* Stations that want to turn off analog on February 17th will need to inform the FCC of that fact by February 9th. If too many stations in a single market try to go off, the FCC may deny their ability to do so based on what they believe is "in the public's interest". They may then ask the stations to prove that turning off early is in the public's interest. "Such additional information can include significant economic, technical, contractual and other business reasons that support termination on February
17."
* Those stations that are approved will still have to run the equivalent of 30 days worth of notices. That is, stations normally would run 4 notices per day for the last 30 days before turning off. If they start doing this 8 days before turning off, they have to do 15 notices per day, with at least 3 notices in primetime every day.
* In addition to that, stations that have the technical capability are going to have to run a crawl on their analog channel notifying watchers that they are turning off. From February 10th to February 14th, the crawl must be aired for the first 5 minutes of every hour. For the final two days, the crawl must be for the first 10 minutes of every hour. If stations don't have the technical capability to run a crawl, they will have to inform the viewer in some other way for the same amount of time.
* Even if a station turns off their analog service, if they are scheduled to move to a different digital frequency, they can't do that until June 12.
* If a station doesn't turn off on February 17th, the FCC expects it stay on through June 12. If they seek an early turnoff before that date, they'll have to jump through all the normal hoops that the FCC has setup.

SUMMARY OF A SUMMARY:
In other words, if you want to know if any of your analog channels are turning off on February 17th, wait until February 10th and flip through all of them right at the top of the hour. Any that are switching will have a crawl notifying you.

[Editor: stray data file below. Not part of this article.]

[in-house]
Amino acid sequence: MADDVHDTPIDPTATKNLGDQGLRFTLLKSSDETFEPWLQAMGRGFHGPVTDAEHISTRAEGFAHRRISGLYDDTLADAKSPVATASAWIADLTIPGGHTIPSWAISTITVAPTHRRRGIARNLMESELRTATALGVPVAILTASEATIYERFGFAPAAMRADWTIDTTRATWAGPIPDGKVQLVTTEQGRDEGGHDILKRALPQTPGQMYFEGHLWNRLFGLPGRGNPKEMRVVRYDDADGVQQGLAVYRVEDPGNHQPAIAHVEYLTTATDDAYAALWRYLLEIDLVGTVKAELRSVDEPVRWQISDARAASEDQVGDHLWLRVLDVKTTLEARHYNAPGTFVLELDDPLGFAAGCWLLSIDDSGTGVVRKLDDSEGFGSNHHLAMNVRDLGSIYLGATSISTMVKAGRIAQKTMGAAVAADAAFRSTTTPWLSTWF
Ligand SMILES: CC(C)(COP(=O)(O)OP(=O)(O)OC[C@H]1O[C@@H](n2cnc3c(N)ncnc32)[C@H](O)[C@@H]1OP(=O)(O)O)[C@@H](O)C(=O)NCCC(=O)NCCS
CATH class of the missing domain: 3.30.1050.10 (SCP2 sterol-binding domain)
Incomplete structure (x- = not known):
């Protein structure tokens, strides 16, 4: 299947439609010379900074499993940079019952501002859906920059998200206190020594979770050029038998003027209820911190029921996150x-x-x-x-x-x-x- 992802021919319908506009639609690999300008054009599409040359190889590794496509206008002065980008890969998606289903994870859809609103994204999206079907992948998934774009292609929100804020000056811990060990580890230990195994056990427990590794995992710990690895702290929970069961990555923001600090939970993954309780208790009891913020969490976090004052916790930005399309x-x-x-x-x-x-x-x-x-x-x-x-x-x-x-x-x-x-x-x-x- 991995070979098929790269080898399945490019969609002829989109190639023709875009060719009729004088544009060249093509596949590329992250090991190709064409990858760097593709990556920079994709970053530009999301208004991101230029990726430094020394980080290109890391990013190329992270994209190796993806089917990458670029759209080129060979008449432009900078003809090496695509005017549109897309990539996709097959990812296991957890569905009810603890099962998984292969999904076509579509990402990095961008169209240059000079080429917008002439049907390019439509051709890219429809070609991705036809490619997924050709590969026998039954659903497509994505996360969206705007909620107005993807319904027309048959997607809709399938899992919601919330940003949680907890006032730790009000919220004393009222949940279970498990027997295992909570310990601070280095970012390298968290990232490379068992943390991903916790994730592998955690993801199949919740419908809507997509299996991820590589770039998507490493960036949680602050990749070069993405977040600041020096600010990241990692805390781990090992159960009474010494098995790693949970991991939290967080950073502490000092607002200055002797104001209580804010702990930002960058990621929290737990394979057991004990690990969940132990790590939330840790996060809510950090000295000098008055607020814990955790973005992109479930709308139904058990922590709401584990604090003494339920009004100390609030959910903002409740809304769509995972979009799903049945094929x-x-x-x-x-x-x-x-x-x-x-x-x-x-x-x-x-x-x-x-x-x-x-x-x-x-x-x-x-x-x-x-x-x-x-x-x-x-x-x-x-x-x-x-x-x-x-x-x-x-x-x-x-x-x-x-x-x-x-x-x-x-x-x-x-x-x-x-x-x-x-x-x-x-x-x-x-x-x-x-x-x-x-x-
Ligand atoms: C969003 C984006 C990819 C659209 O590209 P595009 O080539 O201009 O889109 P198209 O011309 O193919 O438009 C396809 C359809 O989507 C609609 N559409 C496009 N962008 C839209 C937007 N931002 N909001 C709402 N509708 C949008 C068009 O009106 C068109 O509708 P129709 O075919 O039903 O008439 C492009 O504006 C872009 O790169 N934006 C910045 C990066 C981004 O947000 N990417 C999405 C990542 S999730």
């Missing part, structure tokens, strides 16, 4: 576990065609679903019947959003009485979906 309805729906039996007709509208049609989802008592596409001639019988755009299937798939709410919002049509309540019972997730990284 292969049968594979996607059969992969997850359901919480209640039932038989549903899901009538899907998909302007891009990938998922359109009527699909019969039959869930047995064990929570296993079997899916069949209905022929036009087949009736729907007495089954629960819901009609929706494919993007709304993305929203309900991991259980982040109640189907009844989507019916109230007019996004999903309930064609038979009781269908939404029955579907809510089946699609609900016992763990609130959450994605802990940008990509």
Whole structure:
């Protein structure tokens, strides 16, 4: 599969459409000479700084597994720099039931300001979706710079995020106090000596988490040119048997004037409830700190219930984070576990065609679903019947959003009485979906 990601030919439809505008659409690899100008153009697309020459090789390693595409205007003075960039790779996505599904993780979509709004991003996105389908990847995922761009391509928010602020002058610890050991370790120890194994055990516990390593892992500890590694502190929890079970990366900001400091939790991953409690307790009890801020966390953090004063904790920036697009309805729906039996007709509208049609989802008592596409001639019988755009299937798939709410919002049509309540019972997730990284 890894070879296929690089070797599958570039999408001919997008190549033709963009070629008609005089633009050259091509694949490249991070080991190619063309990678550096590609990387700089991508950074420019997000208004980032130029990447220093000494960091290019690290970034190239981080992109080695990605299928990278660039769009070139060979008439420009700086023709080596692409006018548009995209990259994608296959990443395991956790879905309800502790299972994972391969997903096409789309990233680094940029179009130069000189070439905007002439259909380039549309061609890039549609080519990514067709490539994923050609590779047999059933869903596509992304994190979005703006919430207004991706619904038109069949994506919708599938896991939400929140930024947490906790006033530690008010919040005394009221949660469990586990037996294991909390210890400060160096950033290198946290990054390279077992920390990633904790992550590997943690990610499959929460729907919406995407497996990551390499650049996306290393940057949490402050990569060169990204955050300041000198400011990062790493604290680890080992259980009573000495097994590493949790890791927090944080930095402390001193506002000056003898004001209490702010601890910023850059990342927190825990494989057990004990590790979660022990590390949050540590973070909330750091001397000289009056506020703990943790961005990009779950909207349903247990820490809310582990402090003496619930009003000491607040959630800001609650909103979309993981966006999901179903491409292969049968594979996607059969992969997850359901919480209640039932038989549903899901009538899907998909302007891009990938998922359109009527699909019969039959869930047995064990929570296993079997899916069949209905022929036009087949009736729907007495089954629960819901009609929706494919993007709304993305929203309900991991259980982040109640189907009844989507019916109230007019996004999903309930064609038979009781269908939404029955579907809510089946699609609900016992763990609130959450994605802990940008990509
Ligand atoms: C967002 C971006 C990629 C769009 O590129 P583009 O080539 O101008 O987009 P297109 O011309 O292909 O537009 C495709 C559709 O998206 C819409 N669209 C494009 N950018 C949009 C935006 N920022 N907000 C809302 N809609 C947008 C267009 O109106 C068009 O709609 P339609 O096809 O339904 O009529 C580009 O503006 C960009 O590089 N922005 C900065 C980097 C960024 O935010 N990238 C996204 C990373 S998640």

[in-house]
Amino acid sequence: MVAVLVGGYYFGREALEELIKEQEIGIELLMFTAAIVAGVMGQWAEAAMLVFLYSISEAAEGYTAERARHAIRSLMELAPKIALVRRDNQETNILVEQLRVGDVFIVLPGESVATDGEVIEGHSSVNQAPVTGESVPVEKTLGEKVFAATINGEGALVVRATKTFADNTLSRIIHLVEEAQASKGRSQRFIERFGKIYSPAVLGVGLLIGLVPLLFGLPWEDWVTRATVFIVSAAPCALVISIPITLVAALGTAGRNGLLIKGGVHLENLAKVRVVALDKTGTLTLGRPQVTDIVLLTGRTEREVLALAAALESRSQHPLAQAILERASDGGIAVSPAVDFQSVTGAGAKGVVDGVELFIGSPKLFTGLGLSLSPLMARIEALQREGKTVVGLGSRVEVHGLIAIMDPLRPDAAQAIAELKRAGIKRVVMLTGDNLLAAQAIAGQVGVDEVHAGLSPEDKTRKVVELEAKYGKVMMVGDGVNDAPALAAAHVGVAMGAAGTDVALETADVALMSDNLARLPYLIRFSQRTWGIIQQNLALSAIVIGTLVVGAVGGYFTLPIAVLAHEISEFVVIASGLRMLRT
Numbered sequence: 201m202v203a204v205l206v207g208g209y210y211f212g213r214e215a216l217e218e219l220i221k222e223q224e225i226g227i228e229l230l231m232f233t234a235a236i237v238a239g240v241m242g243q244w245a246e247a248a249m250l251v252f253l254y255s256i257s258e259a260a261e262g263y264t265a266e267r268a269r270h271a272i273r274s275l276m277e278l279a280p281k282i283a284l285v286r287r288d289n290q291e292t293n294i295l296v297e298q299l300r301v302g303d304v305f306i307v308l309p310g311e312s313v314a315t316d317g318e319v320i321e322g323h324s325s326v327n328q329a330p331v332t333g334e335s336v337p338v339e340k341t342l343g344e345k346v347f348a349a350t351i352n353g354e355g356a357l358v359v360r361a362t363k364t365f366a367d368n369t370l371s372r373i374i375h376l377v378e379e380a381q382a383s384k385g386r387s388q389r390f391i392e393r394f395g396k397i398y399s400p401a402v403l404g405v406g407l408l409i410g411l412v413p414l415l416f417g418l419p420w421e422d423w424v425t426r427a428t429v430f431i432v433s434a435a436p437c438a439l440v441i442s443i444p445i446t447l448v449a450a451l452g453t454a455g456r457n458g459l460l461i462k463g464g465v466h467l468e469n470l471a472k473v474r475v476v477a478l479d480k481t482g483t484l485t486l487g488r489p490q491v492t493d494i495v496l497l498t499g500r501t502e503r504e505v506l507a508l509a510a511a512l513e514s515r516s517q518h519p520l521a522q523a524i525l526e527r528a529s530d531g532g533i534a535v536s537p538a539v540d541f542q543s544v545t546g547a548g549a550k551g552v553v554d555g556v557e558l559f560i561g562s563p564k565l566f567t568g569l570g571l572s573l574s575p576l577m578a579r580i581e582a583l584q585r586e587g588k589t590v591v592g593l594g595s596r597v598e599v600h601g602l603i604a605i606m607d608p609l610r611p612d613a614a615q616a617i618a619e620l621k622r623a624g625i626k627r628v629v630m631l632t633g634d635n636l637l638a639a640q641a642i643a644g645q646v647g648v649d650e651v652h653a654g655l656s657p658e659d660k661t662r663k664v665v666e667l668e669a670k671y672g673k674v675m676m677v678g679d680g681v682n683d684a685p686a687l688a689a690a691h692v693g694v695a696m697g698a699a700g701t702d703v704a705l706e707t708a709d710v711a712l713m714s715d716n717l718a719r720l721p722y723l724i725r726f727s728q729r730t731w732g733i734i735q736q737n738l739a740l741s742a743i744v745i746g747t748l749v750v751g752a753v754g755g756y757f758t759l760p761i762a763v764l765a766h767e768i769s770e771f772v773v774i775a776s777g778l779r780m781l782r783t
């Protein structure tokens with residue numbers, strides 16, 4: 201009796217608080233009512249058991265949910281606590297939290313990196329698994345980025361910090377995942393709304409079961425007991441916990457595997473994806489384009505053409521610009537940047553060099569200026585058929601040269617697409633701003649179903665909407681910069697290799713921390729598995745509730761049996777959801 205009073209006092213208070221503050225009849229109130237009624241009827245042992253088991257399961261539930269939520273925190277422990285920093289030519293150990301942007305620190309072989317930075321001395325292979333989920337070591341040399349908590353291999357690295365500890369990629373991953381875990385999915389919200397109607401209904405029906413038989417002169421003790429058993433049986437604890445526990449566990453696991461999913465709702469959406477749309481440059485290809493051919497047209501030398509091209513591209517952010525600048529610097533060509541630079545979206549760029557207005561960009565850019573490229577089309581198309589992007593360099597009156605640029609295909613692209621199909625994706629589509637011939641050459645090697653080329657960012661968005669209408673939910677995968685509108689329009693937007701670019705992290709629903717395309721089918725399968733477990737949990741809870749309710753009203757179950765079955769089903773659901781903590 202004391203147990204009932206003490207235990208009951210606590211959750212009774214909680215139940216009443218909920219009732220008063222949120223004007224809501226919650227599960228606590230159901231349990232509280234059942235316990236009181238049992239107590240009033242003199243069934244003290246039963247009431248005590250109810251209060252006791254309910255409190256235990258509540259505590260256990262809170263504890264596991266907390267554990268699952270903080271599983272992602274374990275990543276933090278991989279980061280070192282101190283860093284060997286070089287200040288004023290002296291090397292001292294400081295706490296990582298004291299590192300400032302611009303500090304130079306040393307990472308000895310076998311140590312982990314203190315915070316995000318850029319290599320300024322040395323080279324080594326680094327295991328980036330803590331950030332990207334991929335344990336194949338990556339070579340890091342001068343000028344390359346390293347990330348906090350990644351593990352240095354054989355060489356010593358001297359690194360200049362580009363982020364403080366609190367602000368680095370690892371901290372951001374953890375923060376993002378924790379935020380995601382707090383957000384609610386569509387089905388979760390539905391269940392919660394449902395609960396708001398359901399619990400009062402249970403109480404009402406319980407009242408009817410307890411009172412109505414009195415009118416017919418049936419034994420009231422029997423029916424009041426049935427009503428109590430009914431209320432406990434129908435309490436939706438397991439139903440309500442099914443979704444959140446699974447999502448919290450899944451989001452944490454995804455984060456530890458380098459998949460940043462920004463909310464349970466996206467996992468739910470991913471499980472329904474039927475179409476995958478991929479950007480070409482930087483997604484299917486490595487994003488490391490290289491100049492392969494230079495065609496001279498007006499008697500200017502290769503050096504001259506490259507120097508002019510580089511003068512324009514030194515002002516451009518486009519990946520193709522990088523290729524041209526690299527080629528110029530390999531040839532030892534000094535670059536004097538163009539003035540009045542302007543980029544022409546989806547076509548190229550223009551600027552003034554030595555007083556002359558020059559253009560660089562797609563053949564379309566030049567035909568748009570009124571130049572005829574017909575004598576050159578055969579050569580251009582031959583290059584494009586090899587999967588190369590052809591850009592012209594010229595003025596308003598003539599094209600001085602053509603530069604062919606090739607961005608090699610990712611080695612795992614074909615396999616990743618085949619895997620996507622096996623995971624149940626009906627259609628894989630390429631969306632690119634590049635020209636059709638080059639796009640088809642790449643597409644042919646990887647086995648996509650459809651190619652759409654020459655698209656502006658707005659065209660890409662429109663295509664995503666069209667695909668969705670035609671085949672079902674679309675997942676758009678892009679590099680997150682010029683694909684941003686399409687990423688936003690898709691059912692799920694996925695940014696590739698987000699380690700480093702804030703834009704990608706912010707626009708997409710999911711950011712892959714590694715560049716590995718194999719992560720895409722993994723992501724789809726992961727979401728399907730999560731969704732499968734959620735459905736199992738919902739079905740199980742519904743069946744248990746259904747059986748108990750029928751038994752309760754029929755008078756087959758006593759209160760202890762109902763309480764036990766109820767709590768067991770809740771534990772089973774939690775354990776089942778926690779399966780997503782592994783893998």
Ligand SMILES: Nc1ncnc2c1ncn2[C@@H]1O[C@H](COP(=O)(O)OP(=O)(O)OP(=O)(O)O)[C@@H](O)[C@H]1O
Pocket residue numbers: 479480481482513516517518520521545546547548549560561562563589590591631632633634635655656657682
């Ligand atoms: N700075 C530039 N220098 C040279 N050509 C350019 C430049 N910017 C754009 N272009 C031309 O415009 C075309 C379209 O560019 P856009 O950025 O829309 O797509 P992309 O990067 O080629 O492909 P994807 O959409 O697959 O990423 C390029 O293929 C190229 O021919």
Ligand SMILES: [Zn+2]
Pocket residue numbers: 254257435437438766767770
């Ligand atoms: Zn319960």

Now a lot of the major stations have agreed to stay on through the June 12th date, including:
All Owned-and-Operated ABC, CBS, FOX, NBC, and Telemundo stations.
A list of O&O stations for the big 4 is available here.
Most Gannett and Hearst-Argyle stations are likewise staying on through June 12.
A list of Gannett stations is available here, and a list of Hearst-Argyle stations is available here.

(edited by Mr. Boffo on 5.2.09 1841)
odessasteps
Scrapple








Since: 2.1.02
From: MD, USA

Since last post: 127 days
Last activity: 94 days
#9 Posted on | Instant Rating: 7.34

There was an article in the WAPO today saying it would cost stations between $20,000-$30,000 a month just in electric bills to keep running their analog feeds.





Mark Coale
Odessa Steps Magazine
The Affirmation, Baby Blog
PeterStork
Sujuk








Since: 25.1.02
From: Chicagoland with Hoosiers, or "The Region"

Since last post: 41 days
Last activity: 3 days
#10 Posted on | Instant Rating: 4.71
It would be a real shame if some of these stations had analog transmitter problems for, like, four months.



exit 670 dot com | digital route 66
Zeruel
Thirty Millionth Hit
Moderator








Since: 2.1.02
From: The Silver Spring in the Land of Mary.

Since last post: 2 hours
Last activity: 2 hours
#11 Posted on | Instant Rating: 4.05
    Originally posted by odessasteps

    There was an article in the WAPO today saying it would cost stations between $20,000-$30,000 a month just in electric bills to keep running their analog feeds.




Plus PG county (a MD county in the DC suburbs for those not in the know) needs the bandwidth released because it is using the frequency/channels they need so all their emergency services to talk to each other. They can't wait another 4 months...peoples' lives depend on it. I expect most if not all of the DC stations to switch at the old date.



-- 2006 Time magazine Person of the Year --

"I remember meeting a mother of a child who was abducted by the North Koreans right here in the Oval Office."
George W. Bush - June 26, 2008, during a Rose Garden news briefing.
Lise
Mrs. Guru